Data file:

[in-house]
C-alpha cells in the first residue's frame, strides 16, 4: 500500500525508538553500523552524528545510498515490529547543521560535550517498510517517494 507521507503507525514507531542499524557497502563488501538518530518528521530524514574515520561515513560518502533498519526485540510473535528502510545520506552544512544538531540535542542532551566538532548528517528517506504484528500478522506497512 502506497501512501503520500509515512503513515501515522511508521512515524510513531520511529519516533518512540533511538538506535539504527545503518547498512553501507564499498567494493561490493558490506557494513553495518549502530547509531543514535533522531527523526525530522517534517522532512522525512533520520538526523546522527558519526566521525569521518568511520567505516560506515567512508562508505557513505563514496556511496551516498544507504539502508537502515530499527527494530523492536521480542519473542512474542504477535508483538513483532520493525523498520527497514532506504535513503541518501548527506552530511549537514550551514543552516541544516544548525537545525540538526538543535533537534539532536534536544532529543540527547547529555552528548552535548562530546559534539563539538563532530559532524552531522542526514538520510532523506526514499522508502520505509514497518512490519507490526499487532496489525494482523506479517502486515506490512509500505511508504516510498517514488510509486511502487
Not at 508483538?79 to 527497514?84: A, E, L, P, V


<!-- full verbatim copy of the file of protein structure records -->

[in-house]
C-alpha cells in the first residue's frame, strides 16, 4: 500500500525508538553500523552524528545510498515490529547543521560535550517498510517517494 507521507503507525514507531542499524557497502563488501538518530518528521530524514574515520561515513560518502533498519526485540510473535528502510545520506552544512544538531540535542542532551566538532548528517528517506504484528500478522506497512 502506497501512501503520500509515512503513515501515522511508521512515524510513531520511529519516533518512540533511538538506535539504527545503518547498512553501507564499498567494493561490493558490506557494513553495518549502530547509531543514535533522531527523526525530522517534517522532512522525512533520520538526523546522527558519526566521525569521518568511520567505516560506515567512508562508505557513505563514496556511496551516498544507504539502508537502515530499527527494530523492536521480542519473542512474542504477535508483538513483532520493525523498520527497514532506504535513503541518501548527506552530511549537514550551514543552516541544516544548525537545525540538526538543535533537534539532536534536544532529543540527547547529555552528548552535548562530546559534539563539538563532530559532524552531522542526514538520510532523506526514499522508502520505509514497518512490519507490526499487532496489525494482523506479517502486515506490512509500505511508504516510498517514488510509486511502487
Not at 508483538?79 to 527497514?84: A, E, L, P, V